After owning their home for some time, many homeowners choose — or need — to do home improvements or renovations. Whether the home is an investment property, or you are merely wanting some changes, home renovations can be costly. There are different routes for funding your home improvements and the information below is meant to supply homeowners with the different options available.
Table of Contents
1. Home Remodel Loans
Home improvement loans are offered by various banks, credit unions, and online lenders. While they have a different title, they are essentially personal loans. It is even possible to qualify for home improvement loans without any equity.
These loans are unsecured, so you do not have to offer your home as collateral in order to obtain the loan. Like most loans, the interest rate, term, and monthly payment are based on your credit score. Since this is an unsecured loan, the interested rates are generally higher than secured loan options since the lender is taking on additional risk — especially if you have bad credit.
These types of loans generally have shorter repayment terms and smaller loan amounts, so home improvement loans are ideal for small to mid-sized home improvements or renovations. These could be projects like remodeling a room, replacing light fixtures, or painting your home.
2. Home Equity Loans
— sometimes called a second mortgage — are another option for renovating your home. Like home improvement loans, you can get home equity loans with bad credit.
These types of loans function by using your home as collateral. As you pay your mortgage, you gain equity. If your home appreciates in value, or you have paid off a significant amount of your loan, you can use that money towards your renovation.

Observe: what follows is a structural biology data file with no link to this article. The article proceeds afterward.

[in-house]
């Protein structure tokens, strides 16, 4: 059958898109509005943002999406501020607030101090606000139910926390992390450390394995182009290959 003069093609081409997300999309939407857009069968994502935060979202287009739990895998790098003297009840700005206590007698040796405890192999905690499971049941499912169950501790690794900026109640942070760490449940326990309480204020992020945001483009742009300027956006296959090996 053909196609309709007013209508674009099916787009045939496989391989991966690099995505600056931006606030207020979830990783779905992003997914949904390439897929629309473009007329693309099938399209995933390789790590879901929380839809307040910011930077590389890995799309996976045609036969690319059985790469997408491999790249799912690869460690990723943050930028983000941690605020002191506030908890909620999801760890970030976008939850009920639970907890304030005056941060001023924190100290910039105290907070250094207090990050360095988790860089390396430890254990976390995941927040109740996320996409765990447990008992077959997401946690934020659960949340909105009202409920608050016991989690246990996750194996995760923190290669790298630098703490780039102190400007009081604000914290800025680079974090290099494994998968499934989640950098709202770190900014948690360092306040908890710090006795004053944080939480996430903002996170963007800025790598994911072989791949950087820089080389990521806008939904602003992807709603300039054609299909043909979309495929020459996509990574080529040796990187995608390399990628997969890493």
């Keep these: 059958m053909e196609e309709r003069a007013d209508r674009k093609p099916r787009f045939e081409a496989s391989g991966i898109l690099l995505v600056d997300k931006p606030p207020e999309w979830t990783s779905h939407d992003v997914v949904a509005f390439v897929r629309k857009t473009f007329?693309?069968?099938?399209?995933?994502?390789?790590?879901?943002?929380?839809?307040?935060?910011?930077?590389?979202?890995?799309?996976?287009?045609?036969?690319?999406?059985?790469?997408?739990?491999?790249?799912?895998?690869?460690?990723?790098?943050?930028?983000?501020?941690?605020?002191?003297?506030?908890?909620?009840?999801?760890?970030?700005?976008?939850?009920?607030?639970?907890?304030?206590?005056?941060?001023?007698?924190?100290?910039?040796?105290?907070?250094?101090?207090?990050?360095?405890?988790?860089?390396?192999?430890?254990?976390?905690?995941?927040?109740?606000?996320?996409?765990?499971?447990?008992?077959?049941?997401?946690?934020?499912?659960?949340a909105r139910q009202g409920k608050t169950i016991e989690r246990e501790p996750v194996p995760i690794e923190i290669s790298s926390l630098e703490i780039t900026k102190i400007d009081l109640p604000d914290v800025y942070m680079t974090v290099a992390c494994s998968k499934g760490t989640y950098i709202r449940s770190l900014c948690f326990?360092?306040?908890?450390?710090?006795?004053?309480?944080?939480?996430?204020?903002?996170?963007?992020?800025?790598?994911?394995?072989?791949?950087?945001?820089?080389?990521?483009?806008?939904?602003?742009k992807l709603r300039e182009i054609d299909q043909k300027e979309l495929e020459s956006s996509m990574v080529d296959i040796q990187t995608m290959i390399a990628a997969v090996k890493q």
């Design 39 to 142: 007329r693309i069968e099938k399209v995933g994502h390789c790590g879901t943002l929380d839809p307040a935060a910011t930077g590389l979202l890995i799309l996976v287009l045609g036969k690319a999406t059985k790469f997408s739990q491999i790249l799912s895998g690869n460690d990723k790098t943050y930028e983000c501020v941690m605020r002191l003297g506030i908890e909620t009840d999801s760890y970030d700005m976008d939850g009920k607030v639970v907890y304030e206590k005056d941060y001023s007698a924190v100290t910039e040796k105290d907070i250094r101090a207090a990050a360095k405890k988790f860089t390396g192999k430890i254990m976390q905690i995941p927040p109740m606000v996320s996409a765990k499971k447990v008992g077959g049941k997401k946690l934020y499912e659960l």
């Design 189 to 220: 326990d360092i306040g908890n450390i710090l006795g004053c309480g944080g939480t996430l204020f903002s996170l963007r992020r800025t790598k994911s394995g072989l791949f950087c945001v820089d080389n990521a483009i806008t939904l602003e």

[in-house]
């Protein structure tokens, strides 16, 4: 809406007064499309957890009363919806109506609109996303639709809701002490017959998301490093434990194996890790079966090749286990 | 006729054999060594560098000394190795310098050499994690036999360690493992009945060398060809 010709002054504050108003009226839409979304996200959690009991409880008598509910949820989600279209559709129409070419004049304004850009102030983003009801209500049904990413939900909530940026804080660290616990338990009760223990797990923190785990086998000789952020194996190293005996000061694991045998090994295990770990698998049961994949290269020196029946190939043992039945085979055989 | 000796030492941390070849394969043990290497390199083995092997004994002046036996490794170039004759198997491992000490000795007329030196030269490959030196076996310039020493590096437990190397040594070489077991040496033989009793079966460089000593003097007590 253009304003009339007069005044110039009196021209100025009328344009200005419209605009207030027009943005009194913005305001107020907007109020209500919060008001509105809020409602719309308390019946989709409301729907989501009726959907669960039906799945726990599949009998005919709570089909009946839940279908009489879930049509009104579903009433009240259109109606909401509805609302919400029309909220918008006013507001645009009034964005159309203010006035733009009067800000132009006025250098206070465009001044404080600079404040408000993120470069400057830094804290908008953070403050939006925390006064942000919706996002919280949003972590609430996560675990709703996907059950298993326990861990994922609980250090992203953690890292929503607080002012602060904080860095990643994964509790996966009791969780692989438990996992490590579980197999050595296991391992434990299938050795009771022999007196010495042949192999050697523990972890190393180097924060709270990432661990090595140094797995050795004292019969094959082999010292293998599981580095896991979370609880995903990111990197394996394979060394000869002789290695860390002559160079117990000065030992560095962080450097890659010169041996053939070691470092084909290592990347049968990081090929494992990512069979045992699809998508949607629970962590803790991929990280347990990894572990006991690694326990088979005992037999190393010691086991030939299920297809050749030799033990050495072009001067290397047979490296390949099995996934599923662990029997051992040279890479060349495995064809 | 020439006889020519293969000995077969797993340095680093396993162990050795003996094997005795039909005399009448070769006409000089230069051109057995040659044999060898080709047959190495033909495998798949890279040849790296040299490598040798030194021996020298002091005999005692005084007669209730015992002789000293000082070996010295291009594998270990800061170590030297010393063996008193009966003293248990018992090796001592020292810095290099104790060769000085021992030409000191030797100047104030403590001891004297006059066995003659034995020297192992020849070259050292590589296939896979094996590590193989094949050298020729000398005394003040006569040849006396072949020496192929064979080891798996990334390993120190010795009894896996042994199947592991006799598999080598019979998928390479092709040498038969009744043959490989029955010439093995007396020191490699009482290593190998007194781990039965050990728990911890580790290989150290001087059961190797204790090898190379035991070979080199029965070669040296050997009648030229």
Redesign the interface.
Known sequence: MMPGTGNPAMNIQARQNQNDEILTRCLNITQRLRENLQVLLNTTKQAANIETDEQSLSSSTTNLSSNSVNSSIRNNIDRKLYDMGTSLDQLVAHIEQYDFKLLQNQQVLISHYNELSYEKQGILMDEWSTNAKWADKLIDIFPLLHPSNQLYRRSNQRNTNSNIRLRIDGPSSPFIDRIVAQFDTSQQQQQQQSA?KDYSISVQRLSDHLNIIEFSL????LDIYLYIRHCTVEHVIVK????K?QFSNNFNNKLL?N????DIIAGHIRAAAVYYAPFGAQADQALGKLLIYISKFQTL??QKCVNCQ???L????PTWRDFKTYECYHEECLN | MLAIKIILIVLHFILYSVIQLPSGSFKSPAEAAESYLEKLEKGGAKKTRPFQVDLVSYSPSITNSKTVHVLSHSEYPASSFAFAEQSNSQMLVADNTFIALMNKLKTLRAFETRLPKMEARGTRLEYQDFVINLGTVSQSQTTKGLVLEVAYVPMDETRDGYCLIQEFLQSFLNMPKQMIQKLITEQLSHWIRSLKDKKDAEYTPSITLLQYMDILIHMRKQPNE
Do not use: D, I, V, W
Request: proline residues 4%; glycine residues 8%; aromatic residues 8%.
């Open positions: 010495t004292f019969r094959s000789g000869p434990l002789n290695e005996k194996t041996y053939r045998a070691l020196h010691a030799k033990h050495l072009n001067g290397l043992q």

Since your home is being used as collateral, it is considered a secured loan, and the loan is considered a low risk for the lender. This generally means that the loan has better rates than what unsecured loans have to offer.
On the flip side, these types of loans are higher risk for the borrower. If you are unable to make the loan payments, you are risking the potential foreclosure of your home.
The type of project that this type of loan is ideal for depends on the amount of equity that you have accumulated, your lender, and the market value of your home, but home equity loans are generally used for larger projects like full home remodels and additions.
3. Home Equity Lines of Credit (HELOC)
are similar to home equity loans, but there are a few key differences. With home equity loans, you are given the loan in one lump sum, but with HELOCs, you are given a revolving credit line that you can use as needed.
HELOCs operate similarly to credit cards. Like home equity loans, you are taking out a loan against the equity that you have built on your home. This makes it a secured loan (generally better terms), but you are also offering your home as a payment guarantee.
HELOCs have variable interest rates, so your payments can fluctuate based on market conditions. There are two parts to HELOCs:
- Draw period: During this time, you can withdraw funds, but you are also required to make small loan payments;
- Repayment period: During this time, you can no longer make withdrawals, and your payments increase.
If you are planning to do renovations yourself, but you cannot do them all at once, HELOCs could be a good option for you. As long as you are still within your draw period (typically 10 years), you can withdraw money for renovations when you have the time.